The Original TIF vs. the Borgesian TIF | Bleader

Thursday, January 6, 2011

The Original TIF vs. the Borgesian TIF

Posted By on 01.06.11 at 12:19 PM

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Greg Hinz runs down the mayoral candidates' TIF-money menus ($100m to housing, $25m to cops, etc). But this seems a bit off to me:

But TIF never really was intended to build schools, hire cops and (for the most part) to create more affordable housing. TIF was intended to spur economic development and good jobs and, as per a new story in the Chicago Reporter, it hasn't been as effective in doing so as it should have even downtown, which has received bundles of TIF cash in the past decade.

Hinz is right that TIFs weren't meant for infrastructure and basic city services. But they were originally meant for blighted communities. Think of it as letting them play catch-up: areas that arguably need more investment get more of their usual share of the property taxes they generate cycled back into the area to stimulate business and development.

In practice that hasn't happened. Much of the city now consists of TIF districts, including wealthy areas like the Loop. Now, you could argue that it's a practical evolution of the program from its original intent,* though Angela Caputo's Reporter piece above calls into question its effectiveness. (And you can also argue that making property-rich areas into TIFs causes money to inefficiently pool in those areas.)

So when the mayoral candidates try to chip off chunks of money from the TIF funds for specific projects, I don't necessarily see it as "the candidates want TIFs to do absolutely everything," as Hinz puts it. I think you can make a perfectly reasonable case that they're trying to take money back from a program that's been overextended—like, I dunno, to Willis Tower—and redivert it.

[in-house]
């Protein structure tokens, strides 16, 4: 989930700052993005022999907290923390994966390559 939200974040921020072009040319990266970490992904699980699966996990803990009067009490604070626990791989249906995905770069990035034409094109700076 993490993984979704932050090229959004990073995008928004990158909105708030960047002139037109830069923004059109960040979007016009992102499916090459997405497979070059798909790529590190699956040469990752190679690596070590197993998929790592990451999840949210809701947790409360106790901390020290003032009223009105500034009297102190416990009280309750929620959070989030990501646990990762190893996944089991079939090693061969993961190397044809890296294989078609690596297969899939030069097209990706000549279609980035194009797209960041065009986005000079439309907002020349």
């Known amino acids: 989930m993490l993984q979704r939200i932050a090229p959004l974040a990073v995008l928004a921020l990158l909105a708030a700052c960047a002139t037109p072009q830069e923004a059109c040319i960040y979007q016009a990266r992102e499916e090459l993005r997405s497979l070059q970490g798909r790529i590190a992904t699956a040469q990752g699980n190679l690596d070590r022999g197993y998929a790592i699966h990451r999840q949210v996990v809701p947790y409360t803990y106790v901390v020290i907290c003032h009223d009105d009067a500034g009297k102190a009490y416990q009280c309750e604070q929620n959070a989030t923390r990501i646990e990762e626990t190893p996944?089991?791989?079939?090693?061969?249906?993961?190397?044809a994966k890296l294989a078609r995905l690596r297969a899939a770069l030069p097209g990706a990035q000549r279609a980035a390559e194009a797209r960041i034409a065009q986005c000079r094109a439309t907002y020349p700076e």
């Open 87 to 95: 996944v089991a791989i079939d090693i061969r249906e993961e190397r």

Or they might actually want TIFs to do everything, and we could be headed towards the city being one giant TIF. But I'm not sure it's cut and dry.

*By which I mean big cities court businesses with subsidies; big businesses will naturally be drawn to the Loop for lots of reasons (prestige, resources, transportation); therefore it makes sense, if unfortunate sense, to buttress the Loop with TIF funds. A lot of people think this sucks—David Kay Johnston has written books about it—but if you're feeling generous, you can hate the game and not the players.

(There's much, much more, obviously, in Ben Joravsky and Mick Dumke's inestimable archive of TIF reporting and analysis.)

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